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The results surrounding the socio-psychological contribution of the martial arts are contested. One analytical distinction that has been made is that traditional, as opposed to modern martial arts, are more well-suited to such ends. Yet, this distinction is not always made, rendering shallow the analytical depth of this topic. Brazilian jiujitsu (BJJ) is an emerging martial art that has been highly touted as a social and psychological form of therapy. However, this claim derives from anecdotal reports and narratives. BJJ's potentially therapeutic properties have been understudied because of the sport's recent emergence. It has not been systematically assessed to date. Considering BJJ's late emergence and direct connection to other modern martial arts, it is unclear whether BJJ is considered a modern-or traditional martial art; something that has implications for a martial art's potential to contribute towards developmental outcomes. This systematic review identified 12 articles of BJJ's potential social-and psychological properties. In summary, the research on BJJ is focused on two salient themes: the psychosocial outcomes and the social meanings of BJJ. The former tended to focus on the relationship with aggression, with little theoretical consideration for how BJJ functioned as an agent of social change. However, the latter offered a glimpse into such mechanisms through sociological inquiries that effectively highlighted how BJJ entails developing resilience. While the literature uniformly indicated that BJJ holds promise as a form of therapy, research also points to BJJ's complex social nature. This characteristic entailed social rituals that BJJ-practitioners go through, which are socially-and morally debatable. The review thus suggests further theoretical considerations to the emerging field of BJJ research. In summary, BJJ training may be an appropriate public health intervention considering its social climate and emphasis on developing resilience and its mitigating effect on aggression. However, more research is needed to explore unhealthy traditions that seem to exist in BJJ.
... The use of martial arts such as judo, 1 taekwondo, 2 karate, 3 and boxing 4 to reduce children's aggressive behavior has been well documented since the 1980s. For example, Lamarre and Nosanchuk 1 found that the level of judo training (a Japanese martial art) was negatively associated with aggression among 51 judo students aged 11 to 63 years. ...
... Compared with the control and placebo groups, the taekwondo (a Korean martial art) training group showed decreased aggressiveness, lowered anxiety, increased self-esteem, increased social adroitness, and a value orthodoxy. In a similar experiment with 60 middle school students aged 12 to 14 years, Zivin et al. 3 found that there was a significant decrease in teacher-rated violence in a Japanese martial arts training group compared with a wait-list control group. Finally, a study on training for boxing (a combat sport in which participants wear protective gloves and throw punches at each other) with 27 youth offenders aged 15 to 16 years found a reduction in recidivism, along with other intra-and inter-personal outcomes. ...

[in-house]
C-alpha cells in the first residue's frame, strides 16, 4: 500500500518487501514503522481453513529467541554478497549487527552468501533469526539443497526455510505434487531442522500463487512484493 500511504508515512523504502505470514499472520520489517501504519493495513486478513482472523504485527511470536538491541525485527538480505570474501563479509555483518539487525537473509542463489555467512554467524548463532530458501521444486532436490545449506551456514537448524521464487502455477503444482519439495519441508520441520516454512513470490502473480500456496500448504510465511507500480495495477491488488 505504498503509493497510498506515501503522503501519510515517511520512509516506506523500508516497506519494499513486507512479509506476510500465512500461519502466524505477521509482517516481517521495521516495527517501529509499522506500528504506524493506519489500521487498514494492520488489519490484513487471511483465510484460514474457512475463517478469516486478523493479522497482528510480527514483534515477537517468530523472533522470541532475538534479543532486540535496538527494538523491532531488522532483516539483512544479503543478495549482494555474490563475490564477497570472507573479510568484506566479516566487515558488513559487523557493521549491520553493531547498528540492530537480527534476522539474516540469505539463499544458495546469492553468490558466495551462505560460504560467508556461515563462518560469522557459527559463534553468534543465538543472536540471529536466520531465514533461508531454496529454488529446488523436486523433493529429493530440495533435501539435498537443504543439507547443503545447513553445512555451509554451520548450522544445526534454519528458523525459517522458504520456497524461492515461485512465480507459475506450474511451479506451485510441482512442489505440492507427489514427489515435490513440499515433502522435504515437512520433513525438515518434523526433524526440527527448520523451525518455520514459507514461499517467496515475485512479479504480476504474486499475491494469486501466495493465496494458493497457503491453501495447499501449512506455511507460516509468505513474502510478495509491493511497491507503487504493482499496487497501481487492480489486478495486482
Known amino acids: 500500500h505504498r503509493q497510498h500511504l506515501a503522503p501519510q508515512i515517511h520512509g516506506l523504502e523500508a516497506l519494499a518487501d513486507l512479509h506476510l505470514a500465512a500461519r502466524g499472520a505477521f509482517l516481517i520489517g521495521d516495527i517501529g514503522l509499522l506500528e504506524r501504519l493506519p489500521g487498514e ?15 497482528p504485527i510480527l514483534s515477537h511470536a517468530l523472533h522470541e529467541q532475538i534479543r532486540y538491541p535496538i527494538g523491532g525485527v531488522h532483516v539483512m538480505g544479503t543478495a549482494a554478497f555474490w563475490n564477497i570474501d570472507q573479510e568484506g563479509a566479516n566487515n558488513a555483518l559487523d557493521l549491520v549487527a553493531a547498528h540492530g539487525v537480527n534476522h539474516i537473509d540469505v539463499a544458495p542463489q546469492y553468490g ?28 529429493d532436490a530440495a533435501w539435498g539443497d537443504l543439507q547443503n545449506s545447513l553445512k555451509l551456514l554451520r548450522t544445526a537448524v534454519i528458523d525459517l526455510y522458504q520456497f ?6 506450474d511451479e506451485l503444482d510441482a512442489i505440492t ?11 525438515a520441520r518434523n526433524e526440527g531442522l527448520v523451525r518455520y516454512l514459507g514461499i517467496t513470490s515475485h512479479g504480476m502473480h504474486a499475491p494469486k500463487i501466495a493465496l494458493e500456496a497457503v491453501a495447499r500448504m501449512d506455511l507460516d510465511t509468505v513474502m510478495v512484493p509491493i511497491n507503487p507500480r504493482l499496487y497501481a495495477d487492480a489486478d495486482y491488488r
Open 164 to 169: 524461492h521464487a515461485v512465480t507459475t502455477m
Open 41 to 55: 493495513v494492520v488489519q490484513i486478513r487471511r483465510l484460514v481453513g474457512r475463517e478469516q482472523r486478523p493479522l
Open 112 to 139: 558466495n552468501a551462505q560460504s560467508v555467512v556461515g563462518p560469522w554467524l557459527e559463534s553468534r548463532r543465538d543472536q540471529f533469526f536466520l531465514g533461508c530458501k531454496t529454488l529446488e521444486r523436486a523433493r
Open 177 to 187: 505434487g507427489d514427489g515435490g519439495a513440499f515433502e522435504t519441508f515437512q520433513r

Article
Objective: This study examined the effectiveness of Chinese martial arts in reducing reactive and proactive aggressive behavior among schoolchildren with a cluster-randomized trial. Methods: A screening questionnaire was completed by 3511 schoolchildren of Grades 2 to 5 from 13 sites in Hong Kong. We shortlisted 298 children who scored z ≥ 1 on the total score of the Reactive-Proactive Aggression Questionnaire in their respective sites to participate in the experiment. They were divided into 31 clusters that were blinded and randomly assigned to one of the 4 conditions: skills only, philosophy only, skills and philosophy, and physical fitness (placebo). Subjects were assessed at baseline, posttraining, and 6 months after training using aggression scales. Results: Results from the linear mixed model indicated that the time × training interaction effects were significant for aggressive behavior (reactive and proactive), delinquent behavior, anxiety/depression, and attention problems. Although all measures declined in all conditions over time, only the skills-and-philosophy condition showed a significant reduction at posttraining and/or 6-month follow-up compared with the placebo. Conclusion: The results provided a theoretical proof for the relationship between aggression and sport involvement combined with children's moral reasoning. This study gives practical implications to intervention that solely playing sports or teaching moral lessons is not effective enough for high-risk schoolchildren with aggressive behavior. However, combined traditional Chinese martial arts skills and moral philosophy training could be considered in the school curriculum to reduce school violence and facilitate creation of harmonious schools.
... La pratique d'un art martial s'avère un complément à la psychothérapie pour des sujets dépressifs (Weiser, Kutz, Jacobson Kutz et Weiser, 1995). Elle contribue à réduire les troubles de l'attention et de la conduite à l'école (Hébert, 1991;Zivin, De Paula, Monti, Harlan, Hossain et Patterson, 2001), les actes délinquants (Trulson, 1986) et les comportements violents (Twemlow et Sacco, 1998). La création d'une salle d'entraînement, dans un quartier défavorisé au plan socio-économique où coexiste beaucoup de détresse sociale, favorise l'insertion sociale de jeunes et l'établissement de relations plus pacifiques (Le Rest, 2001 Cette recension des écrits soulève une question à laquelle cette recherche portera une attention particulière. ...